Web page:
From St Anne we were bay hopping, well cove hopping, in French, Anse means cove, Petite Anse D'Arlet,  Grand Anse, Anse L'Ane, Anse Mitan, Anse La Mitan, Anse Noire, Ance Dufuor, before heading over to the capital Fort De France. All was well except one small problem, a general strike. By the time we got to Fort De France it was in full force, no fuel, no services, no food, almost no shops open at all. Garbage mounting up and the city almost deserted until the union parades, even the much awaited carnival was looking very shaky. Here we stayed for a week hoping that any day things will go back to normal and carnival will be in full swing. It was not to be.



We had been waiting for mail from both Aus and US but with the strike there was no delivery and with no public transport the only way to make an alternative arrangement was to sail around Le Marin and talk to people in Port Captain's office who had so kindly given us a mailing address. The very helpful lady agreed to forward our mail onto St Maarten where we have another mailing address, should the mail eventually arrive! All in all we found our experience in strike bound Martinique somewhat frustrating. So, with some provisions, notidely beer dwindling we made plans to head to Dominica on the last day of February, 2009.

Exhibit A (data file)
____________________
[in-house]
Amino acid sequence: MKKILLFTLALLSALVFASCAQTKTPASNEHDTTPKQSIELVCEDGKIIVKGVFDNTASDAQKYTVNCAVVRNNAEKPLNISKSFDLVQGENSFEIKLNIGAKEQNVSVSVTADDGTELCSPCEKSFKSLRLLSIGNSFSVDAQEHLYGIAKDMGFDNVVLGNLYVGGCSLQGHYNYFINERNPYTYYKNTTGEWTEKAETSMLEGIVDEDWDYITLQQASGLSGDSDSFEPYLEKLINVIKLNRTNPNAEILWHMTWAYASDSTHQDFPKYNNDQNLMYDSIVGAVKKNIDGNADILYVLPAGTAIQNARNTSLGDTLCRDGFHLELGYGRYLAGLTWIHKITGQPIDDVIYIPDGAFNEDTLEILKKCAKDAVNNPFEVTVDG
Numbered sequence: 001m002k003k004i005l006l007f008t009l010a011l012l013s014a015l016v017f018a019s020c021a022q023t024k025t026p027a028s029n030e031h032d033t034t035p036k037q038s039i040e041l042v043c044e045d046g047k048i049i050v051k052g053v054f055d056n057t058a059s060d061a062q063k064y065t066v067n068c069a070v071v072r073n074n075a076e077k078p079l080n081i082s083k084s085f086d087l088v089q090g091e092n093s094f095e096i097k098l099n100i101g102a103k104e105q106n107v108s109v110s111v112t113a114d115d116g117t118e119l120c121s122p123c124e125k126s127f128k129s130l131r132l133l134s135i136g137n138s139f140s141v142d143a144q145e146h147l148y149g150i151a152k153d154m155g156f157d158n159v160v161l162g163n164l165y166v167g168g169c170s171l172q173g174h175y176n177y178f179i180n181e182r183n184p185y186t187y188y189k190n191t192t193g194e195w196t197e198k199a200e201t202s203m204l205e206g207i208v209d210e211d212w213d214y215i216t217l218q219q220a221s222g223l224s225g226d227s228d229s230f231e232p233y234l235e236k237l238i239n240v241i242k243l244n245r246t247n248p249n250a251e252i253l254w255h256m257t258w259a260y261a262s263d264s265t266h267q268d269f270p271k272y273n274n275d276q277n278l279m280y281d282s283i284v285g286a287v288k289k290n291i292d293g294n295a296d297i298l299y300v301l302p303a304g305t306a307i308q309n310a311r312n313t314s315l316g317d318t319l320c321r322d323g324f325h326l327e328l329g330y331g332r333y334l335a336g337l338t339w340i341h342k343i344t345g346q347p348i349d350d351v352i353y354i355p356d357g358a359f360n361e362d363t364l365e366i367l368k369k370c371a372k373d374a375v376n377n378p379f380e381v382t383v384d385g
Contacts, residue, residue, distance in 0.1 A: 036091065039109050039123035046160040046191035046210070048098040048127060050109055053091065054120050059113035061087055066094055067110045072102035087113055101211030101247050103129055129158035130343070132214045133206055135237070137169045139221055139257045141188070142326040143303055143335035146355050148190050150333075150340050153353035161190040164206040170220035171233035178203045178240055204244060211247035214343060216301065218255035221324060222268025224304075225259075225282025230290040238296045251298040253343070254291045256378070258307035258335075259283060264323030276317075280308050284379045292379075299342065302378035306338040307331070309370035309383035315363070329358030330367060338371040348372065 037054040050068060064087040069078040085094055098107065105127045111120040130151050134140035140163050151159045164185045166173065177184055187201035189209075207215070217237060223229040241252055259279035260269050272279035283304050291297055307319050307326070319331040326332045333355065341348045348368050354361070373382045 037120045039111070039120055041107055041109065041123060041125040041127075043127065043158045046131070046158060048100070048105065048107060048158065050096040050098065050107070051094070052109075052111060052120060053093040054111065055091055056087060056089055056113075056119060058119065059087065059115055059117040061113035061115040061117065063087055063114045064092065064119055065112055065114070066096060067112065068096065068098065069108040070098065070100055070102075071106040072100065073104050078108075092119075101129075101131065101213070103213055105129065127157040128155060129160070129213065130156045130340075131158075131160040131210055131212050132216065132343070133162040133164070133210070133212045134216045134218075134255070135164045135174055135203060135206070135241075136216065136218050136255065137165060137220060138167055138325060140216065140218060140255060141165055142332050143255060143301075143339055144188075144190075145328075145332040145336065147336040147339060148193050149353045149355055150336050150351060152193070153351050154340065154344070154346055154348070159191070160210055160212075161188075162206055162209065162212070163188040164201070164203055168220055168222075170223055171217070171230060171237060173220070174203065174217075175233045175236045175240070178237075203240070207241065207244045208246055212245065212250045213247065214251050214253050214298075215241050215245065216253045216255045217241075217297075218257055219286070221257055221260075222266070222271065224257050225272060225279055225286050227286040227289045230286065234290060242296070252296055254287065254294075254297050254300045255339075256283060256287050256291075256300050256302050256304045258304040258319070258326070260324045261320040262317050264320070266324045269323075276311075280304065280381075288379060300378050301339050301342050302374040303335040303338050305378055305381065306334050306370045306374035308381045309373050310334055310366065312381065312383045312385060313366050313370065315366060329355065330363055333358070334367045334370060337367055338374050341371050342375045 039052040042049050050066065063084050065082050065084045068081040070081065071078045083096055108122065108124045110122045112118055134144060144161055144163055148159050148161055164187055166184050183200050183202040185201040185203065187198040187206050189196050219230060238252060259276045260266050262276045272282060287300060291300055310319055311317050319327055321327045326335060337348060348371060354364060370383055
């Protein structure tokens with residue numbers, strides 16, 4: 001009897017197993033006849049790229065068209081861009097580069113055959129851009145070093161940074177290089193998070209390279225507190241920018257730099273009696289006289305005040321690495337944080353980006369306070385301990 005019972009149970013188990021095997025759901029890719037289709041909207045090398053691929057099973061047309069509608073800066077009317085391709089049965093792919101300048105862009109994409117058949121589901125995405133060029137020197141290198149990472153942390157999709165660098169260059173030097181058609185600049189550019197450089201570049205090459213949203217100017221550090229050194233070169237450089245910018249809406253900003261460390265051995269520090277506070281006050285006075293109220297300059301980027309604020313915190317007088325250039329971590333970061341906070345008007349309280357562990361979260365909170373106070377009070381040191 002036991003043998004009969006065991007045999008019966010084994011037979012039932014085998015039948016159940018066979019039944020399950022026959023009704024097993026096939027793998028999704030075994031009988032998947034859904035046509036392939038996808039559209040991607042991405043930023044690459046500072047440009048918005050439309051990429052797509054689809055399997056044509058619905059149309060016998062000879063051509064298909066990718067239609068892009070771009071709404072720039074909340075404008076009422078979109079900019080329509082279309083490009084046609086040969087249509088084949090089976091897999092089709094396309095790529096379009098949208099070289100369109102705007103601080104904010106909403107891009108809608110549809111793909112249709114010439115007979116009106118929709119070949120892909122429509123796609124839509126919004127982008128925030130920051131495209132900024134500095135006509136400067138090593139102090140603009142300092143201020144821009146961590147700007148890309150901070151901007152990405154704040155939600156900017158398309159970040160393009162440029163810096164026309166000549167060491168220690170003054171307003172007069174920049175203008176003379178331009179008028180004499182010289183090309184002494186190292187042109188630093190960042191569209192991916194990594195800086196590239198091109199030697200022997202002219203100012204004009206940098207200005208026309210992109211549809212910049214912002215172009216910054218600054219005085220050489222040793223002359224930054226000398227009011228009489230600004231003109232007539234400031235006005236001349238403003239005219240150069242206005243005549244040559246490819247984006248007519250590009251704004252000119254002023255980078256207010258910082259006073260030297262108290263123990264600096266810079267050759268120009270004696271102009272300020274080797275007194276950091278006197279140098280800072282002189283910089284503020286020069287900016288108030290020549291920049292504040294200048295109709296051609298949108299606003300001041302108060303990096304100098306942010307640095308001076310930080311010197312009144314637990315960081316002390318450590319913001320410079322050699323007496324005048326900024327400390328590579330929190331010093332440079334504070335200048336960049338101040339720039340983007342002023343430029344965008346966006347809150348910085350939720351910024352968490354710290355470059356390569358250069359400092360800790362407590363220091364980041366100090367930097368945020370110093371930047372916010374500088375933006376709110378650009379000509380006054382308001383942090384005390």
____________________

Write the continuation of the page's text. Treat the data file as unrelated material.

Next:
We decided to sail up the Western side of Martinique to stop over at St Pierre before heading off to Dominica. Just before St Pierre was the bay of La Carbet that had a lovely long beach, albeit black sand, and, within walking distance, the Neisson rum distillery, one of 12 on Martinique. So, we anchored at La Carbet before lunch and walked to the distillery in the afternoon. Unfortunately the distillery itself was not working, another strike victim, but the shop for rum tasting and buying was open, oh bugger! We were the only ones there so had ample opportunity to taste and of course to buy a couple of bottles. Somehow the walk back to the boat took longer than the walk to the distillery. By late afternoon we were anchored in the bay, with 20 or so other yachts, at St Pierre, in the shadow of the still active volcano, Mt Pele'. Mt Pele's last major eruption was 8 May 1902. On that faithful day, when St Pierre was the capital of Martinique and known as "little Paris", all 30,000 inhabitants, save one, perished. Mt Pele' belched out super heated dense gas and fine super dust that descended on the 200 year old city. In 800 degrees Celsius heat the mostly wooden buildings and all the ships, many there for the rum trade, in the harbour, spontaneously combusted. The only survivor was a prisoner on the jail dungeon who, badly burnt was found three days later. The local museum records the eruption with some early photographs and relics like melted glass bottles, the partly melted bronze bell from the cathedral etc etc. Apparently the heat was similar to an atomic explosion. St Pierre had many points of interest as well as one particularly interesting trail within walking distance. The most interesting point was Depaz rum distillery, although not actually working, was open for self guided tours. It had been one of 19 distilleries in St Pierre in 1902, resurrected by some members of the family who were not in St Pierre on the faithful day. The original water wheel that used to power the sugar cane crushing, using 60,000 liters of water per hour to develop 6ph was still turning but, unlike the River Antoine distillery in Grenada, it was no longer powering the distillery that was left to steam engines using steam generated by heat from burning the remnants of the crushed sugar cane. The self guided tour was superbly done enabling visitors to see all the production process with explanatory notices and illustrations all the way through. Then of course was the tasting and purchasing! Finally the walk back to the dingy caring yet more rum.